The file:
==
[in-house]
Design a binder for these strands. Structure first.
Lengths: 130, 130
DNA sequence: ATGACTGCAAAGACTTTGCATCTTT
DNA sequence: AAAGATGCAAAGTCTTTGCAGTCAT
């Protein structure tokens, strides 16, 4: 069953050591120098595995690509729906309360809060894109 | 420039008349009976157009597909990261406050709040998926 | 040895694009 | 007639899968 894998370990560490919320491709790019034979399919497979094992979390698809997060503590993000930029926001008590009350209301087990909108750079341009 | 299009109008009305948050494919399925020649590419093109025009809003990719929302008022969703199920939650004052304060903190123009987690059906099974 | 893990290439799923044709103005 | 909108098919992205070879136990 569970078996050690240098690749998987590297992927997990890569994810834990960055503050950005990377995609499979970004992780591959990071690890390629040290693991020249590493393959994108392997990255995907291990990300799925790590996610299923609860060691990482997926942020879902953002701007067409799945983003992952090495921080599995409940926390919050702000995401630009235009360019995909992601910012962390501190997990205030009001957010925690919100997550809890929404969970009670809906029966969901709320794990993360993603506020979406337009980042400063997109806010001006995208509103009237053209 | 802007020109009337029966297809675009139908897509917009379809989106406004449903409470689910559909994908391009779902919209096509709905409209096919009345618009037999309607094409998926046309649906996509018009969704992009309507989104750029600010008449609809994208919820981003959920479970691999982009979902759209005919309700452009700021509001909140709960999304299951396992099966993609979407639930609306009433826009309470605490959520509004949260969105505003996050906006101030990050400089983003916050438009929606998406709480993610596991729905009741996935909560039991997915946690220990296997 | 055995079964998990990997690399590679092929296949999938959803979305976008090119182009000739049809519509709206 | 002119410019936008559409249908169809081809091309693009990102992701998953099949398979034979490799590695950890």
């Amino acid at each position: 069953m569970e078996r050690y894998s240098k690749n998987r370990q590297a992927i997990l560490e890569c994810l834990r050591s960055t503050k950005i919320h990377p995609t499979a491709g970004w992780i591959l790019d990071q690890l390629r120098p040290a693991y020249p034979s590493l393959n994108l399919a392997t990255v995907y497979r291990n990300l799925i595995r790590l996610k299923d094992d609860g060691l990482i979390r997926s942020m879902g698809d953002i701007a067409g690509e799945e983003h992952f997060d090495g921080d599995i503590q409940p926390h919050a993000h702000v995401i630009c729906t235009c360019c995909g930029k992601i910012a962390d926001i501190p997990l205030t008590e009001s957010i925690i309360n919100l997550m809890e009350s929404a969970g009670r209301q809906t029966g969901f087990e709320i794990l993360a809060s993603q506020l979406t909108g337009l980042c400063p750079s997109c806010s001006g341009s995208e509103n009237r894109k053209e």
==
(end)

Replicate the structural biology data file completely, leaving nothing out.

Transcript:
[in-house]
Design a binder for these strands. Structure first.
Lengths: 130, 130
DNA sequence: ATGACTGCAAAGACTTTGCATCTTT
DNA sequence: AAAGATGCAAAGTCTTTGCAGTCAT
């Protein structure tokens, strides 16, 4: 069953050591120098595995690509729906309360809060894109 | 420039008349009976157009597909990261406050709040998926 | 040895694009 | 007639899968 894998370990560490919320491709790019034979399919497979094992979390698809997060503590993000930029926001008590009350209301087990909108750079341009 | 299009109008009305948050494919399925020649590419093109025009809003990719929302008022969703199920939650004052304060903190123009987690059906099974 | 893990290439799923044709103005 | 909108098919992205070879136990 569970078996050690240098690749998987590297992927997990890569994810834990960055503050950005990377995609499979970004992780591959990071690890390629040290693991020249590493393959994108392997990255995907291990990300799925790590996610299923609860060691990482997926942020879902953002701007067409799945983003992952090495921080599995409940926390919050702000995401630009235009360019995909992601910012962390501190997990205030009001957010925690919100997550809890929404969970009670809906029966969901709320794990993360993603506020979406337009980042400063997109806010001006995208509103009237053209 | 802007020109009337029966297809675009139908897509917009379809989106406004449903409470689910559909994908391009779902919209096509709905409209096919009345618009037999309607094409998926046309649906996509018009969704992009309507989104750029600010008449609809994208919820981003959920479970691999982009979902759209005919309700452009700021509001909140709960999304299951396992099966993609979407639930609306009433826009309470605490959520509004949260969105505003996050906006101030990050400089983003916050438009929606998406709480993610596991729905009741996935909560039991997915946690220990296997 | 055995079964998990990997690399590679092929296949999938959803979305976008090119182009000739049809519509709206 | 002119410019936008559409249908169809081809091309693009990102992701998953099949398979034979490799590695950890």
């Amino acid at each position: 069953m569970e078996r050690y894998s240098k690749n998987r370990q590297a992927i997990l560490e890569c994810l834990r050591s960055t503050k950005i919320h990377p995609t499979a491709g970004w992780i591959l790019d990071q690890l390629r120098p040290a693991y020249p034979s590493l393959n994108l399919a392997t990255v995907y497979r291990n990300l799925i595995r790590l996610k299923d094992d609860g060691l990482i979390r997926s942020m879902g698809d953002i701007a067409g690509e799945e983003h992952f997060d090495g921080d599995i503590q409940p926390h919050a993000h702000v995401i630009c729906t235009c360019c995909g930029k992601i910012a962390d926001i501190p997990l205030t008590e009001s957010i925690i309360n919100l997550m809890e009350s929404a969970g009670r209301q809906t029966g969901f087990e709320i794990l993360a809060s993603q506020l979406t909108g337009l980042c400063p750079s997109c806010s001006g341009s995208e509103n009237r894109k053209e």